By GARDINER HARRISJUNE 22, 2015
Brick kilns outside New Delhi, India. A hydroelectric project in northern India financed by the World Bank was met with protests. Credit Altaf Qadri/Associated Press
WASHINGTON — A major human rights organization on Monday accused the World Bank of doing little or nothing when critics of its projects are harassed and intimidated by governments that benefit from its loans.
The organization, Human Rights Watch, released an extensive report documenting multiple cases in India, Cambodia, Uganda, Uzbekistan and elsewhere where critics of projects funded by the World Bank were arrested or harassed by officials because the critics tried to slow, change or stop the projects.
“The bank should put in place special measures to deal with reprisals against critics, but it hasn’t,” said Jessica Evans, a senior advocate and researcher at Human Rights Watch and co-author of the report. “The World Bank simply isn’t comfortable talking about human rights issues.”
In one case in northern India highlighted by the rights group, a 30-year-old critic of a hydroelectric power project funded by the World Bank said employees of the company in charge of constructing the dam publicly ridiculed protesters as prostitutes, insulted their caste and warned of “severe” consequences if protests continued.
Some 300 million people have no electricity in India, and hundreds of millions more get only a few hours of power each day. Even so, India already has some of the worst air pollution in the world, with 13 of the 25 most polluted cities on the planet, according to the World Health Organization, and The Lancet reporting that 1.5 million deaths each year result from unhealthy air.
So hydroelectric power is widely seen even by many environmentalists as vital to improving the lives of hundreds of millions of people in India while not worsening an already dire pollution situation.
Ms. Evans dismissed concerns that such vital development projects might not be constructed at all if the World Bank began to intervene in politically sensitive issues, like the right to protest publicly against government efforts. Even in democracies like India, protests are often dealt with harshly.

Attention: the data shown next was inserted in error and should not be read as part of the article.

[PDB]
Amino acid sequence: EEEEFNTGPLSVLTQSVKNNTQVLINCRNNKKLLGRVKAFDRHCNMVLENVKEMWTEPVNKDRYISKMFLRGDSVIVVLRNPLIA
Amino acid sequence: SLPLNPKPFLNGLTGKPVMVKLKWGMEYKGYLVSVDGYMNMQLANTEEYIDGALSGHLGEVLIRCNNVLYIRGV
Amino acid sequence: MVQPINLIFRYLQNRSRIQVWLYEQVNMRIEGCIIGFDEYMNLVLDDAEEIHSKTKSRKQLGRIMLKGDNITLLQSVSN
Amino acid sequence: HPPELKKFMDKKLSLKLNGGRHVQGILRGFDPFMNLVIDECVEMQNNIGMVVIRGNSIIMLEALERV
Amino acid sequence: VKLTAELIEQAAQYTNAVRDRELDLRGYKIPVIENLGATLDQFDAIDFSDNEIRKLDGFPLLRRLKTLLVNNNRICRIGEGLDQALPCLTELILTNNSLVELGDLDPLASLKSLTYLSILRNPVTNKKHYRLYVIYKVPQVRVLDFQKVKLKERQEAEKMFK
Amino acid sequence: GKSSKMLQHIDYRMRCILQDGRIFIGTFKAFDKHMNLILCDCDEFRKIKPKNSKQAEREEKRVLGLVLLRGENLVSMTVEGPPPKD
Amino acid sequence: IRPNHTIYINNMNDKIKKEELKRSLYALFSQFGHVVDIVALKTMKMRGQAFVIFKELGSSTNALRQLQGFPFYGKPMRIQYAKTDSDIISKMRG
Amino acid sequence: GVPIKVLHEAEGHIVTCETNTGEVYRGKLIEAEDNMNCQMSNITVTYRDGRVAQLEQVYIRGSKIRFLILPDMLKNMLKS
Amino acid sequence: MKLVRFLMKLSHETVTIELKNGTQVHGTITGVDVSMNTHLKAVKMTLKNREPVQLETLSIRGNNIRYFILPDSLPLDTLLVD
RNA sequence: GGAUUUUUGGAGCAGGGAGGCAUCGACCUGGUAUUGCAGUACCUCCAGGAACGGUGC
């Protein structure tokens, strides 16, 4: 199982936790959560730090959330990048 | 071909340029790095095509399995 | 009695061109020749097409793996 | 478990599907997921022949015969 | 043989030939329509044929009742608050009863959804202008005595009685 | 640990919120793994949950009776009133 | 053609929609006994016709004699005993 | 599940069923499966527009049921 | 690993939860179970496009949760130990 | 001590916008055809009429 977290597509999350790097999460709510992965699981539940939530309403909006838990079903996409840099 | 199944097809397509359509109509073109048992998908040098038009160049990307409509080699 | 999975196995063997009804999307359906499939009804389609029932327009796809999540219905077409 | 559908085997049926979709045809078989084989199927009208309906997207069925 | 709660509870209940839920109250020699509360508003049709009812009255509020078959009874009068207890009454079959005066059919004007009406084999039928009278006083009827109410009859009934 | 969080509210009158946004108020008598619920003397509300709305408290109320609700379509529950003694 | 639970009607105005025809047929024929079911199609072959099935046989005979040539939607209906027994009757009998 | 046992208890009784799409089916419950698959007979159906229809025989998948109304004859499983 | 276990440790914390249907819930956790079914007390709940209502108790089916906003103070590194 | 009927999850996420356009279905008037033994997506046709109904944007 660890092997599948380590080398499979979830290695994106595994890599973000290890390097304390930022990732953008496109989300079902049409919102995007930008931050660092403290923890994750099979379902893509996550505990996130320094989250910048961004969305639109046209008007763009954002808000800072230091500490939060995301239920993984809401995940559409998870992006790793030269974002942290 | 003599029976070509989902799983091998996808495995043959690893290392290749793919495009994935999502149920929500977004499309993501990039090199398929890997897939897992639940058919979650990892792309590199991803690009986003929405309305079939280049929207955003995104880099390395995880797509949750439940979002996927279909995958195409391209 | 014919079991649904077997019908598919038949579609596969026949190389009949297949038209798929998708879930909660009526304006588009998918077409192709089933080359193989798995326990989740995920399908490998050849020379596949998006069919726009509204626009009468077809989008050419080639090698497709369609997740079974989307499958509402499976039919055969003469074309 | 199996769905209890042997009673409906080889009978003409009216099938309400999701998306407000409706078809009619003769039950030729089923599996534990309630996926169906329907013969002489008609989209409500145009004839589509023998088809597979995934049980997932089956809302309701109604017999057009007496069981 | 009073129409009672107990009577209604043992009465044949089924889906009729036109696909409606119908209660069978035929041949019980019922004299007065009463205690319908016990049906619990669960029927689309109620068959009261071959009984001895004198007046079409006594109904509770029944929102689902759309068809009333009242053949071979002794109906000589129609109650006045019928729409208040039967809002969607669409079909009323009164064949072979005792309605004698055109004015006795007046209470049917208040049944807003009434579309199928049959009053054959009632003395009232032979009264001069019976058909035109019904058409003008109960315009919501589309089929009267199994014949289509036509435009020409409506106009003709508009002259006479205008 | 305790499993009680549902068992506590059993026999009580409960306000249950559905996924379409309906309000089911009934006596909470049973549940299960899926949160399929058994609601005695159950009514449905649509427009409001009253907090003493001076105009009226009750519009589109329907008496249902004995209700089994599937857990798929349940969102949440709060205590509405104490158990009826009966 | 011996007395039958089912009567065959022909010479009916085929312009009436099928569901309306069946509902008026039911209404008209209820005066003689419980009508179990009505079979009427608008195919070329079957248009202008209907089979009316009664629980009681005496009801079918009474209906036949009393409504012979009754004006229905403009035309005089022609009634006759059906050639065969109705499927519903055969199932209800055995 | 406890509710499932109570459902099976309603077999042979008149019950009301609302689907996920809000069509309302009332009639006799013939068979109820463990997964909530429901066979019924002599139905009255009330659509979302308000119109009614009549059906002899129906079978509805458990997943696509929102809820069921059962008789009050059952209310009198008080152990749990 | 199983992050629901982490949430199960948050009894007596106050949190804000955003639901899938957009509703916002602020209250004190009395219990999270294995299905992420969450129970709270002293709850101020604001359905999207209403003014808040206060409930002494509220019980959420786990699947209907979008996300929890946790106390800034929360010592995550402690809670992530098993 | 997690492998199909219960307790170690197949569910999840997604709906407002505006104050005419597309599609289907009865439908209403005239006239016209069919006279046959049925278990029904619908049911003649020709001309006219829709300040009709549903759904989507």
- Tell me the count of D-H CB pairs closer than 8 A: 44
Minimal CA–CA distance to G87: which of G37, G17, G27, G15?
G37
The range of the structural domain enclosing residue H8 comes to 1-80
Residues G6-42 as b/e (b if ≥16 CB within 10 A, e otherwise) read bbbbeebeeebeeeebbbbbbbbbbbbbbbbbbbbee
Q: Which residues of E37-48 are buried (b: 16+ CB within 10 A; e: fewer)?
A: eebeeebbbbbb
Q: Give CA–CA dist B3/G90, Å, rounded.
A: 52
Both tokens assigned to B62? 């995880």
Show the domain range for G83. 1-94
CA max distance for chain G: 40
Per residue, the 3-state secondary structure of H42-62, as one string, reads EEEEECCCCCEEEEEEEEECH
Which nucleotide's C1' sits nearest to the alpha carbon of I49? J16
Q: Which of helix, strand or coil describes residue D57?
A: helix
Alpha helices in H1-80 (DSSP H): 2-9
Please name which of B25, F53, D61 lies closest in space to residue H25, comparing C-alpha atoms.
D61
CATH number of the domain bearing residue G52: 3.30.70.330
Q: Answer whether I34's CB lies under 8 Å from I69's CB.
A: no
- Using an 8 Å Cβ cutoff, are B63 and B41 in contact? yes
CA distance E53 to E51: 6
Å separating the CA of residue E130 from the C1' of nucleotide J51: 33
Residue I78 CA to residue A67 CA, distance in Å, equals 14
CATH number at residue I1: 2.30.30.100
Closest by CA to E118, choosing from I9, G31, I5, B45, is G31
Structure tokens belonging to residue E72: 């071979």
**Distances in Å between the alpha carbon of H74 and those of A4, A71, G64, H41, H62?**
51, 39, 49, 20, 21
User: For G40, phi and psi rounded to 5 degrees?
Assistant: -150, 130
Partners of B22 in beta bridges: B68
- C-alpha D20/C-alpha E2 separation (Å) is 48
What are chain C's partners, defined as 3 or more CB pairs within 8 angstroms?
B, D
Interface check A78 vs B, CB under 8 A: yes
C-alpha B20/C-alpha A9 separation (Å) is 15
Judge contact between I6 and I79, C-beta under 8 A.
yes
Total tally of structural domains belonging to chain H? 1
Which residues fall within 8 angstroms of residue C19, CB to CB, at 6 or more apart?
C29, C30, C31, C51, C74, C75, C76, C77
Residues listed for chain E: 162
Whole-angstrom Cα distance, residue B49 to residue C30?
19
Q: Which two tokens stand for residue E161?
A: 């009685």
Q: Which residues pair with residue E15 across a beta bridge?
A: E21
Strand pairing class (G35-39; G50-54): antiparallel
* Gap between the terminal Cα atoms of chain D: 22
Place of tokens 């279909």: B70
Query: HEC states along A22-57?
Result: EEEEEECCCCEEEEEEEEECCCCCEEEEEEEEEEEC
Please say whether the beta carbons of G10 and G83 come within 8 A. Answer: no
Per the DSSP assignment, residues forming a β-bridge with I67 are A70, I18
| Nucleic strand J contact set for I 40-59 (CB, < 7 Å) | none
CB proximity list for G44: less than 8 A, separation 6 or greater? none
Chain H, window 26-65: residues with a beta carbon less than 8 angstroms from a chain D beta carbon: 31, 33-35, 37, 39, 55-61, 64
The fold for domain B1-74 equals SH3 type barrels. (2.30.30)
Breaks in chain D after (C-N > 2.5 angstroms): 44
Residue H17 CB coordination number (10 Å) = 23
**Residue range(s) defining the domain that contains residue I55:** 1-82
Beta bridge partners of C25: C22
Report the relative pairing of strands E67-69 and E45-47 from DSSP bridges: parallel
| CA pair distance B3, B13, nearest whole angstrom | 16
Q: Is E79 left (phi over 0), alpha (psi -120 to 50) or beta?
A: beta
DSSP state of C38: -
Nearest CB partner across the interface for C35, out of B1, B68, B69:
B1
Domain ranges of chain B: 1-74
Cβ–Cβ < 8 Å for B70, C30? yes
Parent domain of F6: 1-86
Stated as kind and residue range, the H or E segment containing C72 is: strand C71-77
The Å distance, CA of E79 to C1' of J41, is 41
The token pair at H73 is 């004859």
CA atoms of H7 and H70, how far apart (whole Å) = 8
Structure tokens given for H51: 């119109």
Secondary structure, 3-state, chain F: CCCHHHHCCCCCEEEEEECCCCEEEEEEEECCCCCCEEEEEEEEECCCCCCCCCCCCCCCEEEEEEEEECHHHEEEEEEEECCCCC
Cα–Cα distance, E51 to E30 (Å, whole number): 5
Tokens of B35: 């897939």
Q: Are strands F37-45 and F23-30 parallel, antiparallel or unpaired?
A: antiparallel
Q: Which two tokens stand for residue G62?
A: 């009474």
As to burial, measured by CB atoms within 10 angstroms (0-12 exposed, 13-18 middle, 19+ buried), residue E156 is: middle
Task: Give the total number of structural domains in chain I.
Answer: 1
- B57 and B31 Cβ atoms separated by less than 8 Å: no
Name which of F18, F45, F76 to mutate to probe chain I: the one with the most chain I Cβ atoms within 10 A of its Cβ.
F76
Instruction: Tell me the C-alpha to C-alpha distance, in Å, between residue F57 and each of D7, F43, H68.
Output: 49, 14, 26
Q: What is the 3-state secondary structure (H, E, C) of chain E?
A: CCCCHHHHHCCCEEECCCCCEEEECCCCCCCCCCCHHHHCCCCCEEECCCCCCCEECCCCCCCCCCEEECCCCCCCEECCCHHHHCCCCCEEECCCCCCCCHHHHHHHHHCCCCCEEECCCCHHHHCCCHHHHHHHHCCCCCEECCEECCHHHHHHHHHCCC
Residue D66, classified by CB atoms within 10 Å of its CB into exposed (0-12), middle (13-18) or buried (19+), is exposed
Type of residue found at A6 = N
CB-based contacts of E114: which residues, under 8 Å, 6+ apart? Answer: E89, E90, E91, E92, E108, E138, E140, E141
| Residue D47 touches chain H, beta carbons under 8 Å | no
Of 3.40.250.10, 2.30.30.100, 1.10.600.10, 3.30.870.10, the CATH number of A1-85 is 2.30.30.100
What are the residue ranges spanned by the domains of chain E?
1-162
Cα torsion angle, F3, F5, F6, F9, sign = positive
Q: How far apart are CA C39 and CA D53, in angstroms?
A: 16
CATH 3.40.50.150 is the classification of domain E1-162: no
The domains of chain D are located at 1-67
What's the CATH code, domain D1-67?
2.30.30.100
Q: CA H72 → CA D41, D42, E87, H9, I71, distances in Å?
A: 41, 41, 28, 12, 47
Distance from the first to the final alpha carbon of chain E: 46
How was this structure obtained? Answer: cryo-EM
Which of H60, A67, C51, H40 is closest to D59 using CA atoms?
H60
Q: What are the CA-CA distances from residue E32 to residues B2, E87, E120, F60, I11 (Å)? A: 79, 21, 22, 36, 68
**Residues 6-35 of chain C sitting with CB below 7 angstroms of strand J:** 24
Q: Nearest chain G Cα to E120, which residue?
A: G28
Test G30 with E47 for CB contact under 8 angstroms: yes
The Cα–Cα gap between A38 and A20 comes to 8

The report quoted President Yoweri Museveni of Uganda as saying: “Those who delay industrial projects are enemies, and I don’t want them. I am going to open war on them.”
In fact, support for crucial development projects in poor nations has been canceled because of concerns raised by the World Bank. One such project is the Padma Multipurpose Bridge project in Bangladesh, which could transform the lives of hundreds of thousands of poor farmers; the World Bank canceled its support in 2012 because of concerns about corruption, delaying construction by years. In 2014, the bank postponed a $90 million loan to Uganda’s health system over a law that toughened punishment of gays.
“When allegations of reprisal are brought to our attention, we work, within the scope of our mandate, with appropriate parties to try to address them,” said David Theis, a World Bank spokesman. He said the bank had taken action in cases where reprisals against critics had been documented, “and we will continue to do so.”
But Ms. Evans said the World Bank needed to work harder to persuade countries to protect protesters against arrest and other reprisals.
“The World Bank generally has high-level access to the governments it supports and could exert pressure to push them to tolerate divergent views and accept criticism about development projects as valuable rather than cracking down on dissident voices,” Human Rights Watch said in a statement.
A version of this article appears in print on June 23, 2015, on page B5 of the New York edition with the headline: Human Rights Watch Accuses World Bank of Inaction When Protesters Face Reprisals.
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